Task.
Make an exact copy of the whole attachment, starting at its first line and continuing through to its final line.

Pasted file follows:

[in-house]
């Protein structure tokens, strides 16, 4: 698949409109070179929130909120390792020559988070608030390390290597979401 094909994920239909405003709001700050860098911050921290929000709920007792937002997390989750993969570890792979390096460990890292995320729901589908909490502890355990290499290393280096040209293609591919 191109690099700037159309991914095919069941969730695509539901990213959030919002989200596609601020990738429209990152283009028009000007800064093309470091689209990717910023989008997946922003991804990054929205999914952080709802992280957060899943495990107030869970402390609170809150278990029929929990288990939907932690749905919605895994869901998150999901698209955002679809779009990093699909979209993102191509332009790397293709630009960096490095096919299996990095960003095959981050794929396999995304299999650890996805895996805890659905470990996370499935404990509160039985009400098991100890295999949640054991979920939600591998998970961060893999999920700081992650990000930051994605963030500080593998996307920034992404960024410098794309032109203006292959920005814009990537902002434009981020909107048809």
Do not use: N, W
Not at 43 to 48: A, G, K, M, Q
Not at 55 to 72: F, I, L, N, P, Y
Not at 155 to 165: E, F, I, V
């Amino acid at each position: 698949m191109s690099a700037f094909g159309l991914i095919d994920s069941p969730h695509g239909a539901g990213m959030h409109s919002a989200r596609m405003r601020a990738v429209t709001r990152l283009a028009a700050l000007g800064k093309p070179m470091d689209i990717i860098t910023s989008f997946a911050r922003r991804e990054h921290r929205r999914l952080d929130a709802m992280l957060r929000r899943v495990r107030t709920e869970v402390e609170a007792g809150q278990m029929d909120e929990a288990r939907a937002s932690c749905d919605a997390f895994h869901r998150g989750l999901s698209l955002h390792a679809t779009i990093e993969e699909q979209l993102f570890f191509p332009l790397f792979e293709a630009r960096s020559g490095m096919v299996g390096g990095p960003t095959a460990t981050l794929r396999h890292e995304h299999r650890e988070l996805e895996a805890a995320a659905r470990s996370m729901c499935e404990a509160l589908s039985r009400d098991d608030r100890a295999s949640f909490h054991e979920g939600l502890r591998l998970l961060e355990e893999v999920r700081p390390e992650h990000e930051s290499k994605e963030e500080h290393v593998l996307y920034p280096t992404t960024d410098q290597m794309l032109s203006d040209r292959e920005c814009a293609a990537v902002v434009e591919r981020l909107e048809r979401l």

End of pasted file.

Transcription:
[in-house]
């Protein structure tokens, strides 16, 4: 698949409109070179929130909120390792020559988070608030390390290597979401 094909994920239909405003709001700050860098911050921290929000709920007792937002997390989750993969570890792979390096460990890292995320729901589908909490502890355990290499290393280096040209293609591919 191109690099700037159309991914095919069941969730695509539901990213959030919002989200596609601020990738429209990152283009028009000007800064093309470091689209990717910023989008997946922003991804990054929205999914952080709802992280957060899943495990107030869970402390609170809150278990029929929990288990939907932690749905919605895994869901998150999901698209955002679809779009990093699909979209993102191509332009790397293709630009960096490095096919299996990095960003095959981050794929396999995304299999650890996805895996805890659905470990996370499935404990509160039985009400098991100890295999949640054991979920939600591998998970961060893999999920700081992650990000930051994605963030500080593998996307920034992404960024410098794309032109203006292959920005814009990537902002434009981020909107048809």
Do not use: N, W
Not at 43 to 48: A, G, K, M, Q
Not at 55 to 72: F, I, L, N, P, Y
Not at 155 to 165: E, F, I, V
């Amino acid at each position: 698949m191109s690099a700037f094909g159309l991914i095919d994920s069941p969730h695509g239909a539901g990213m959030h409109s919002a989200r596609m405003r601020a990738v429209t709001r990152l283009a028009a700050l000007g800064k093309p070179m470091d689209i990717i860098t910023s989008f997946a911050r922003r991804e990054h921290r929205r999914l952080d929130a709802m992280l957060r929000r899943v495990r107030t709920e869970v402390e609170a007792g809150q278990m029929d909120e929990a288990r939907a937002s932690c749905d919605a997390f895994h869901r998150g989750l999901s698209l955002h390792a679809t779009i990093e993969e699909q979209l993102f570890f191509p332009l790397f792979e293709a630009r960096s020559g490095m096919v299996g390096g990095p960003t095959a460990t981050l794929r396999h890292e995304h299999r650890e988070l996805e895996a805890a995320a659905r470990s996370m729901c499935e404990a509160l589908s039985r009400d098991d608030r100890a295999s949640f909490h054991e979920g939600l502890r591998l998970l961060e355990e893999v999920r700081p390390e992650h990000e930051s290499k994605e963030e500080h290393v593998l996307y920034p280096t992404t960024d410098q290597m794309l032109s203006d040209r292959e920005c814009a293609a990537v902002v434009e591919r981020l909107e048809r979401l």